St. Patrick’s Day is a great excuse to sink a rake of the Emerald Isle’s finest stout, but if you’re looking for stronger things to forget about your worldly woes, why not chase the intoxicating endorphin rush of a hasty bicycle purchase?
Trouble with inspiration? Fear not — there’s plenty of wallet-disturbing swag in this week’s edition of First Look Friday.
From a cheap drivetrain that begs to be the base of another bike you don’t need to a jewel-like headset, we’ve got something for everyone.
First Look Friday shows just a glimpse of the new technology seen on BikeRadar this week.
The leak of Campagnolo’s upcoming Super Record WRL groupset was the biggest talk in town, but the price tag of its new Hyperon Ultra climbing wheels also inspired many lively discussions at the office.
This week also saw the launch of our debut Buk video. This is a really nice watch that you should not miss!
We also saw the release of a retro throwback gravel bike from Canyon, new gravel shoes from UDOG and updated trail eMTBs from Liv/Giant.
Struggling to keep track of everything? Subscribe to our newsletter to get the very best of BikeRadar delivered straight to your eyeballs every Tuesday and Friday.
Microshift Advent shifter, cassette and derailleur
Microshift Advent is the brand’s family of second-rate 9-speed drivetrain components.
In keeping with many of Microshift’s products, Advent X is available with thumb (shown), trigger, grip or drop-bar shifters.
It is also available in a wide variety of 1x or 2x setups. Bottom line: If you want a weird drivetrain, Microshift probably has you covered.
We have the 9-speed 2x setup for testing. This requires a long-cage rear derailleur, which weighs 388g.
For comparison, a SRAM SX rear derailleur – probably the closest to this – weighs 341g.
The 9-speed 11-42t cassette is fairly agricultural. With the exception of the alloy 42t sprocket, it is made from pressed steel plates and riveted together. It weighs 432g.
That budget-minded build is reflected in the price of the groupset – the cassette is just £34.99 and the derailleur £49.99 (international pricing TBC). The price for the shifter is TBC.
Industry Nine iRiX headset
Industry Nine is best known for its hubs, but has recently branched out into stealing. It has now also been extended to headsets.
As with its hubs and wheels, the new iRiX (a compound of “Iris,” the Greek goddess and personification of the rainbow, and the Roman numeral IX), are jewel-like.
You have a choice of 11 standard color options or, if you’re feeling brave, you can choose any combination of those for each individual part.
BikeRadar’s MTB presenter, Tom, has gone subtle with his picks, pairing silver cups with a black top cap and purple top cap.
The headset is manufactured at Industry Nine’s base in Asheville, North Carolina, while the bearings are supplied by Enduro.
To keep those stainless steel bearings running smoothly, the crown ring and top cover feature removable and replaceable silicone lip seals to keep contaminants at bay.
To back this up, the iRiX is backed by a lifetime warranty, so it should keep your turns as smooth as the day you fitted them.
The Monuments: The Grit and the Glory of Cycling’s Greatest One-Day Races by Peter Cossins
The Classics season kicks off in earnest on Sunday with the first landmark of the men’s WorldTour season, Milan-San Remo.
So there’s no better time for professional cycling fans to stand out with Peter Cossins’ updated book, The Monuments: The Grit and the Glory of Cycling’s Greatest One-Day Races.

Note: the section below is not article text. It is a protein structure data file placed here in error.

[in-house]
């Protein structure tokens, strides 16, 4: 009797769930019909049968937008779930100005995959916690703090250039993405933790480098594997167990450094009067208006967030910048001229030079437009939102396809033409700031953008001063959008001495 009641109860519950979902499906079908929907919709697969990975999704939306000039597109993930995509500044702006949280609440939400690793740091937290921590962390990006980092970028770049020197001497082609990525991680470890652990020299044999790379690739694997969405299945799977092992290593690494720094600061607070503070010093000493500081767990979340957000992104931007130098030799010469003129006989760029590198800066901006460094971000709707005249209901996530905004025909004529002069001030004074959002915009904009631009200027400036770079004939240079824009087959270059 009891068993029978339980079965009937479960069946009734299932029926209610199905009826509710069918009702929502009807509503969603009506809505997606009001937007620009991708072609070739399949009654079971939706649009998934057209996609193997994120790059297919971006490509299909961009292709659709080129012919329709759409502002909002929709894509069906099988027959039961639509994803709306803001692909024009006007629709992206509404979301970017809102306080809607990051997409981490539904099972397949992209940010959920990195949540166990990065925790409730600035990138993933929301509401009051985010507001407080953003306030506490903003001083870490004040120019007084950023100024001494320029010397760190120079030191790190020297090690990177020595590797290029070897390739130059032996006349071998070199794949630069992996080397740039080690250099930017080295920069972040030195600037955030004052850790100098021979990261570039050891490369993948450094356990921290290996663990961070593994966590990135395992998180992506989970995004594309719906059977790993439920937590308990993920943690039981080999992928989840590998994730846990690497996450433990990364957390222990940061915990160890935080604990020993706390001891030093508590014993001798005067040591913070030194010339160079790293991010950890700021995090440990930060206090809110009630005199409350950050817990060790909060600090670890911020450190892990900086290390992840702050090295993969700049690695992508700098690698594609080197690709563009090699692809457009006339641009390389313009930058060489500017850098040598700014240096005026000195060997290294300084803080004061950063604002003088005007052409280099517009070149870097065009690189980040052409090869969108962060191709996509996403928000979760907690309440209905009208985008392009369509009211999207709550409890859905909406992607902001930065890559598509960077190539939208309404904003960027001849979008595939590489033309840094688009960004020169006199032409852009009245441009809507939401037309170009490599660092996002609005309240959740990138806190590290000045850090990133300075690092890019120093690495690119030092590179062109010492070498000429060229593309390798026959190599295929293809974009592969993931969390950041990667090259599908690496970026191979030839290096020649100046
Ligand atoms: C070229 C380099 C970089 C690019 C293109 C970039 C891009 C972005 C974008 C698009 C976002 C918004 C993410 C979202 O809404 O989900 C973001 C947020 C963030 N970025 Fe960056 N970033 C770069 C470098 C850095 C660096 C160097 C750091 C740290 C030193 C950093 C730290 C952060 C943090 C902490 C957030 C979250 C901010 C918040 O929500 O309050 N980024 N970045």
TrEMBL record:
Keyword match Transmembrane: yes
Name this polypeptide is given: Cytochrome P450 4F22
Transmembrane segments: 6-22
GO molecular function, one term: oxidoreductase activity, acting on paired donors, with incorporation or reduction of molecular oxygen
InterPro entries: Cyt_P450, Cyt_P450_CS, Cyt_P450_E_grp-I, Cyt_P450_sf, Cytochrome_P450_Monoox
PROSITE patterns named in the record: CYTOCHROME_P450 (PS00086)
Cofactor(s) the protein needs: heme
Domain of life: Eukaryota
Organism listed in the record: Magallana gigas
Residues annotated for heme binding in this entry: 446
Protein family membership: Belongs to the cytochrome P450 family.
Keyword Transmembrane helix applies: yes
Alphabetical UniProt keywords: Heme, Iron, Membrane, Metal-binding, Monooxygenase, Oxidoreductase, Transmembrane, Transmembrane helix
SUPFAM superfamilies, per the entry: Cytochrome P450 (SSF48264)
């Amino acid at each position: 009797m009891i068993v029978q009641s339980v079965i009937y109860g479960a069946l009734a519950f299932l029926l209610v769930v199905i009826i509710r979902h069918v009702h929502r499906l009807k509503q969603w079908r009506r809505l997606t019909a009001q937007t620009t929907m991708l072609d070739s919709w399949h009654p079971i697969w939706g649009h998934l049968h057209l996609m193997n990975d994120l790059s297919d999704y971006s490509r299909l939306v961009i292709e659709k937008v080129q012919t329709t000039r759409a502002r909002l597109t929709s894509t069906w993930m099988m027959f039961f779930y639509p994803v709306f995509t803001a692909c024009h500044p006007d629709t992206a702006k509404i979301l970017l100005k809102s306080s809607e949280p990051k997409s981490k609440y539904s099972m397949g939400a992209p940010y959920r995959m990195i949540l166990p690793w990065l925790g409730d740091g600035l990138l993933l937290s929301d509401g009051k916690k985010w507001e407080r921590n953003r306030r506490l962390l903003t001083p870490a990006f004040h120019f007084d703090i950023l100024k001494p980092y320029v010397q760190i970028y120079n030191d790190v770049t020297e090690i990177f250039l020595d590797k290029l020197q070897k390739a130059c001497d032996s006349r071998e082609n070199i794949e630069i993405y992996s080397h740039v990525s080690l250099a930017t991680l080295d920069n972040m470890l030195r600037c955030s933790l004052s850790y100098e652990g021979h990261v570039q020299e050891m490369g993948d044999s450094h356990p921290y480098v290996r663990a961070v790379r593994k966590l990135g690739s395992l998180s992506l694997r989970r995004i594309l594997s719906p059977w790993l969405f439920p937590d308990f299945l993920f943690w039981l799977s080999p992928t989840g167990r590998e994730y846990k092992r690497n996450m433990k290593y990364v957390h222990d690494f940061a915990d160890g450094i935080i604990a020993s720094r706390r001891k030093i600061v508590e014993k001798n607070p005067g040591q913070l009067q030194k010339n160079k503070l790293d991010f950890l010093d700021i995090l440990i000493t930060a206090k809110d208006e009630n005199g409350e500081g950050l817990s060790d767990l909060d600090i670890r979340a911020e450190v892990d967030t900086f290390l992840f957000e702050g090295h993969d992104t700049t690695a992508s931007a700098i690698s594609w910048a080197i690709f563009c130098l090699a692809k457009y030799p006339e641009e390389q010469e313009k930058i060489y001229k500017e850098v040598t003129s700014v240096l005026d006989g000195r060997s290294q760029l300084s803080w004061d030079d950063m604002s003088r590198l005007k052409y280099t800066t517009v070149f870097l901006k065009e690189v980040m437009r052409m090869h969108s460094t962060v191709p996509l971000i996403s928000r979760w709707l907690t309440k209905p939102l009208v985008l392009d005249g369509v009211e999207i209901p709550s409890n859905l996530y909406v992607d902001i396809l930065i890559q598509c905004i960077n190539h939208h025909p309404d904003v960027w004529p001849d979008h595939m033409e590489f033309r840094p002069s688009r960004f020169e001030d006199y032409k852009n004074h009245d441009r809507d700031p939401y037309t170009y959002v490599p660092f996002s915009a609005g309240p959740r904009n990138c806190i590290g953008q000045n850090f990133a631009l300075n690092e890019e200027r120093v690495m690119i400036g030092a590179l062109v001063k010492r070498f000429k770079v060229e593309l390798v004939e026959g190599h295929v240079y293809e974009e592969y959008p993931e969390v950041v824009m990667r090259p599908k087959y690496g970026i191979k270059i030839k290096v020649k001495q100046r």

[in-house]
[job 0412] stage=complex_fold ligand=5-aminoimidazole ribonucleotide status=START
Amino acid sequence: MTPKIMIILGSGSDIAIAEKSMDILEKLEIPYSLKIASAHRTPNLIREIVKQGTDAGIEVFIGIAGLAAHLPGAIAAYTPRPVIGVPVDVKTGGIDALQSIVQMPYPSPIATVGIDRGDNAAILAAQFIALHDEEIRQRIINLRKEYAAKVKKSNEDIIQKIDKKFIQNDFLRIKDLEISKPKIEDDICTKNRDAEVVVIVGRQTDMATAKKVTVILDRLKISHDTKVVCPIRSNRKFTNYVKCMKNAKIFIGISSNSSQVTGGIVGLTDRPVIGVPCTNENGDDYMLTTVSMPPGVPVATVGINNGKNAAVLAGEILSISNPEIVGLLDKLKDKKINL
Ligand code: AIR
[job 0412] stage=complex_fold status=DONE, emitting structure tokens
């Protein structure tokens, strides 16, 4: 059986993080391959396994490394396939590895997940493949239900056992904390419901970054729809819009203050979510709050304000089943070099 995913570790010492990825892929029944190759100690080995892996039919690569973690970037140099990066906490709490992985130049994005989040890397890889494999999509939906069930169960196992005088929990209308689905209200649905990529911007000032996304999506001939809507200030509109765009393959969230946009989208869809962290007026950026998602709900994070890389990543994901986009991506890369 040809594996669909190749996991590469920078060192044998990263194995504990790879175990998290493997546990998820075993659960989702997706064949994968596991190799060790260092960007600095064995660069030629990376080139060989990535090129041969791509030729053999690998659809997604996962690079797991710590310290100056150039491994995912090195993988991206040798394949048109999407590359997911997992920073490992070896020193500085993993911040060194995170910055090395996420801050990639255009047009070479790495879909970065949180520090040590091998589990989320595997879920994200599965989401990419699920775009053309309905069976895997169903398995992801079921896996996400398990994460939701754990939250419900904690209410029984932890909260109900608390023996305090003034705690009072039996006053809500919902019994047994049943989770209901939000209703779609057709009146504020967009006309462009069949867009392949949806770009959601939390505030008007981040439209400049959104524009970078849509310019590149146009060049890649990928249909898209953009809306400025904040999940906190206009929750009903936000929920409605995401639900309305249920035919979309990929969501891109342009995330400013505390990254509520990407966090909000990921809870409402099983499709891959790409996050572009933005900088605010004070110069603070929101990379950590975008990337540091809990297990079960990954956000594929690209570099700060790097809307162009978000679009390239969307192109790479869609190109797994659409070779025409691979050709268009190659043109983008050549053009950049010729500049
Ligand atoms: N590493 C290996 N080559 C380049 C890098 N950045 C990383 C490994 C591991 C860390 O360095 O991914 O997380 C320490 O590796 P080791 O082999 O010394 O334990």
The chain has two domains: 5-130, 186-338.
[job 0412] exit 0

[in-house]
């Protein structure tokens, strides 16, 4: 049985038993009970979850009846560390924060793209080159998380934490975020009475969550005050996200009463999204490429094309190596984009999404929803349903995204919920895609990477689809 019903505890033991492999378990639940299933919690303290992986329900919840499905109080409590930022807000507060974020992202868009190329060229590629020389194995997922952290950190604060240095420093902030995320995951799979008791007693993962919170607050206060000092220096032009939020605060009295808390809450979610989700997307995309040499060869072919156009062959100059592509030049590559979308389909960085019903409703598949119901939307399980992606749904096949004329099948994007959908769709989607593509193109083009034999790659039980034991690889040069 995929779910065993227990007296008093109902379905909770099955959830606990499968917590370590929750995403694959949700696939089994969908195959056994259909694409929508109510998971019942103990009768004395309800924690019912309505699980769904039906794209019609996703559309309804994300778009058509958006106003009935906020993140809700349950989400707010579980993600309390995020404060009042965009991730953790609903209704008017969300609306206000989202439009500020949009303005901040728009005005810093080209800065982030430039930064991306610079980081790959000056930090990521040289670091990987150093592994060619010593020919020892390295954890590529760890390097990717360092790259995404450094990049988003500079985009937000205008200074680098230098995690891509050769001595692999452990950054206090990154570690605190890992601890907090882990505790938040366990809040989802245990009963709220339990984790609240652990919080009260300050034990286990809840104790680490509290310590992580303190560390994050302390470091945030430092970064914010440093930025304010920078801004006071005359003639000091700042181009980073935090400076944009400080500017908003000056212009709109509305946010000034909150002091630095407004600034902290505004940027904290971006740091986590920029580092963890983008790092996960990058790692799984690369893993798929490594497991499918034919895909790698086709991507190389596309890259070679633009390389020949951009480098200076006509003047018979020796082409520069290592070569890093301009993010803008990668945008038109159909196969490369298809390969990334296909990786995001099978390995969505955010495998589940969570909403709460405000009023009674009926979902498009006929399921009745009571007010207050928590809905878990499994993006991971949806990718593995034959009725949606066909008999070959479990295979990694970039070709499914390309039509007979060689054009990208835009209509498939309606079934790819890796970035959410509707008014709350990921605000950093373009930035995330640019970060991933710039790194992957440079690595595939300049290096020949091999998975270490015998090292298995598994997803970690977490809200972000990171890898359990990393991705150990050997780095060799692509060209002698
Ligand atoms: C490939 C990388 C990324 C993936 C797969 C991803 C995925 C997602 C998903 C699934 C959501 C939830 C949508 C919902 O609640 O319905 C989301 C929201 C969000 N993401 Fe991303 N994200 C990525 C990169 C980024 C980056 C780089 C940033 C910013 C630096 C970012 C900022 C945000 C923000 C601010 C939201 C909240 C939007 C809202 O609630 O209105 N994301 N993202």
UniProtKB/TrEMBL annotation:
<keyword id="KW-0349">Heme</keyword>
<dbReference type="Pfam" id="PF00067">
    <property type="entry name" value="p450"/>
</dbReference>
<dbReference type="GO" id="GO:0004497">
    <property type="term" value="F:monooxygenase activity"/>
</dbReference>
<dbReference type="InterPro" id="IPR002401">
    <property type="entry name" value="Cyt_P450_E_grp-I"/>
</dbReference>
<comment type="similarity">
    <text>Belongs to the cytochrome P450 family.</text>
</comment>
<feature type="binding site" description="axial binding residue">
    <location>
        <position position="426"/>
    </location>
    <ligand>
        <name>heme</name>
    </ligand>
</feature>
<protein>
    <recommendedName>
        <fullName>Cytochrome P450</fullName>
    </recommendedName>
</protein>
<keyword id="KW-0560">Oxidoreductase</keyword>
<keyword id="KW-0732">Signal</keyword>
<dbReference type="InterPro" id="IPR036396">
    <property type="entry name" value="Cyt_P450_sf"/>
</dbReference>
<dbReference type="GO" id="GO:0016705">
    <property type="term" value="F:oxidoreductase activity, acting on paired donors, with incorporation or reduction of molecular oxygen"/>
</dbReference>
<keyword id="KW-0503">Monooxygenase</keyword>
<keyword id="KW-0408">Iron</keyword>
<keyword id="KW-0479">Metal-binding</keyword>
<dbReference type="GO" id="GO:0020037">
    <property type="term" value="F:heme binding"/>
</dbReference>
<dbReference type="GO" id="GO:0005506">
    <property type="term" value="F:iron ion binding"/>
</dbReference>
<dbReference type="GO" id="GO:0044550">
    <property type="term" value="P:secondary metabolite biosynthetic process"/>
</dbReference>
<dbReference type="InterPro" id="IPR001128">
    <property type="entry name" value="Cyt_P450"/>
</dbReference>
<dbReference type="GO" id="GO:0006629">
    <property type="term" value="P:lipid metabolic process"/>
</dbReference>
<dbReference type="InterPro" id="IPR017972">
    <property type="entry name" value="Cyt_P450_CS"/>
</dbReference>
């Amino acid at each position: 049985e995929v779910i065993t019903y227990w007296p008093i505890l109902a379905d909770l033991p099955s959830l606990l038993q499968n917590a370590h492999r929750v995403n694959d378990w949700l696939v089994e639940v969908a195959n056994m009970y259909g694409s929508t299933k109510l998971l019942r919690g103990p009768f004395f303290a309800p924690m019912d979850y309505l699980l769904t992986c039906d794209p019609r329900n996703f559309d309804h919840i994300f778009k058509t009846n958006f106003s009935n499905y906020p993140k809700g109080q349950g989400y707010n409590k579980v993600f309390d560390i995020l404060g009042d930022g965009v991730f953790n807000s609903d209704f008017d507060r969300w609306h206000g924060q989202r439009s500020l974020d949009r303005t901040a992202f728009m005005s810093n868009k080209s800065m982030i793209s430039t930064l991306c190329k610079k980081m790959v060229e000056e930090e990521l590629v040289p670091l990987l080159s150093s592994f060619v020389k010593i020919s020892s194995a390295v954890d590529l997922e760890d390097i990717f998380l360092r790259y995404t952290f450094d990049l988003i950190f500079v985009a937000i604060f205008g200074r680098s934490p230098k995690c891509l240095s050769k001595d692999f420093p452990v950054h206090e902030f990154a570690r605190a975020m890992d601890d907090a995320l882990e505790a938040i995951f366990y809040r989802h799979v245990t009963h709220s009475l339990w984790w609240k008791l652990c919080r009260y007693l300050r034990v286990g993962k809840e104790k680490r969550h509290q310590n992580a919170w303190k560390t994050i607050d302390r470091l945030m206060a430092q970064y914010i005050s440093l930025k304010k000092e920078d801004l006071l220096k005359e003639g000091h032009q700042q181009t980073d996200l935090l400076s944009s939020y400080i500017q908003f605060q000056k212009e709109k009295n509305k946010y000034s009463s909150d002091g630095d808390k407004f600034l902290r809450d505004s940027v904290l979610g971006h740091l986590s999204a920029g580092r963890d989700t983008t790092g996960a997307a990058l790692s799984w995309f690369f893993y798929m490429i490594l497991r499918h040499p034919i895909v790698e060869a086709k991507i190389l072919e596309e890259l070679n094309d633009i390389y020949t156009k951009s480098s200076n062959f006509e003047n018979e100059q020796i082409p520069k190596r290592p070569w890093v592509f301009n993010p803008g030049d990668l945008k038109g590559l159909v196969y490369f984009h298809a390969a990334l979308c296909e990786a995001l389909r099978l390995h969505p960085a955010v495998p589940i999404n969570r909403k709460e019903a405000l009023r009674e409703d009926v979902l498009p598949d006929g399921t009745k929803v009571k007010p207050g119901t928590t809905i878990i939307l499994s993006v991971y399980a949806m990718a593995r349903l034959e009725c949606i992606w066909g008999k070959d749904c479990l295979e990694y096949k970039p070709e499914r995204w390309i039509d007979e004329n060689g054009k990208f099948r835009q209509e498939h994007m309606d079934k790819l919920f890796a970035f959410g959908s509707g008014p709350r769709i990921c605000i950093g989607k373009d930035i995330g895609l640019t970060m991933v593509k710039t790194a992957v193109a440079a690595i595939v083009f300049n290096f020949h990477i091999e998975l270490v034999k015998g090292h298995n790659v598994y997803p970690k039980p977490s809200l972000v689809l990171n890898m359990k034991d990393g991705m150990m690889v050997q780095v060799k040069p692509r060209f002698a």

While the Tour de France may dominate newspaper coverage in July, the monuments strike a different chord with fans and riders alike.
The five races that make up the Monuments – Milan-San Remo, the Tour of Flanders, Paris-Roubaix, Liège-Bastogne-Liège and the Tour of Lombardy – pit riders against the toughest course the sport has to offer, which requires perseverance and determination, art and science in equal measure.
The second edition of Cossins, released yesterday (Thursday, March 16), takes a detailed look at each of the Monuments: their complex and tumultuous history and the horsemen who immortalized them.
- £15.99, published by Bloomsbury Sport
Muc-off metal tool box
Muc-off’s Metal Utility Toolbox has the appearance of a gerbil – you could be mistaken for a mercenary cradling this bad guy.
The tool box has one large compartment, which the brand says has a capacity of nine liters.
Muc-off claims that the toolbox is environmentally conscious and that the metal construction is designed for long-term use.
The powder-coated matte finish adds a textured feel, and also a level of grip on the surface of the folding handle placed on top of the box.
The clam-shell design features a latch that, when reinforced by the metal, gives a reassuring closure.
- £40, international pricing TBC
Muc-off absorbent bicycle mat
After a wet ride or a wash, bikes collect oil and water on the floor as they dry.
If you have no choice but to keep your bikes in the house (as is the case for most of us at BikeRadar), this will have you reaching for the kitchen drawers to sacrifice a sacred tea towel to protect the hardwood floors.
Muc-off’s absorbent bike mat promises to solve this age-old problem, while also saving the embarrassment of explaining why Charles’ face is inked from your memorial kitchenware.
The absorbent bike mat has a tough non-slip rubber base, which the brand says prevents contaminants from landing on your floors.
The mat can also be used under a turbo trainer, with Muc-off claiming it can absorb two liters of water – will that be enough to keep up with Jack Luke, BikeRadar’s most resident perspirant?
Muc-off’s absorbent bike mat measures 400×2000mm, which the brand claims will fit most bikes, though wide bars can pose a problem.
The mat rolls up for easy storage, and Muc-off recommends hosing it down to clean, as it’s not machine washable.
- £49.99, International Pricing TBC